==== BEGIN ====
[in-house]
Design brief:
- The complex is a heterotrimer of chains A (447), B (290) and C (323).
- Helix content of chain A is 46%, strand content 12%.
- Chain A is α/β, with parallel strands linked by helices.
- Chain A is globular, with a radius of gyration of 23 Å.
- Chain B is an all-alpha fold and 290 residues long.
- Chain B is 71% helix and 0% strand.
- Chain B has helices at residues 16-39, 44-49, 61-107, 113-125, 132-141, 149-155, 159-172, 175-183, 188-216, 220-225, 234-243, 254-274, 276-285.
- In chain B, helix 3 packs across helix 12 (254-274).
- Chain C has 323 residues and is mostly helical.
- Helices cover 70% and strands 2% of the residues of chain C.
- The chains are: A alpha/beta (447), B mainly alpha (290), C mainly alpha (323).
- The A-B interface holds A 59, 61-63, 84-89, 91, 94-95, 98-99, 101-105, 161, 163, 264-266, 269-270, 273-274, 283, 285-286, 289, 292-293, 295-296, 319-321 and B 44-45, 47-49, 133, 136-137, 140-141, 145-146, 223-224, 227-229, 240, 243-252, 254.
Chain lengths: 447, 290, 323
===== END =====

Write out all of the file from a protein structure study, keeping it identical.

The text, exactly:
[in-house]
Design brief:
- The complex is a heterotrimer of chains A (447), B (290) and C (323).
- Helix content of chain A is 46%, strand content 12%.
- Chain A is α/β, with parallel strands linked by helices.
- Chain A is globular, with a radius of gyration of 23 Å.
- Chain B is an all-alpha fold and 290 residues long.
- Chain B is 71% helix and 0% strand.
- Chain B has helices at residues 16-39, 44-49, 61-107, 113-125, 132-141, 149-155, 159-172, 175-183, 188-216, 220-225, 234-243, 254-274, 276-285.
- In chain B, helix 3 packs across helix 12 (254-274).
- Chain C has 323 residues and is mostly helical.
- Helices cover 70% and strands 2% of the residues of chain C.
- The chains are: A alpha/beta (447), B mainly alpha (290), C mainly alpha (323).
- The A-B interface holds A 59, 61-63, 84-89, 91, 94-95, 98-99, 101-105, 161, 163, 264-266, 269-270, 273-274, 283, 285-286, 289, 292-293, 295-296, 319-321 and B 44-45, 47-49, 133, 136-137, 140-141, 145-146, 223-224, 227-229, 240, 243-252, 254.
Chain lengths: 447, 290, 323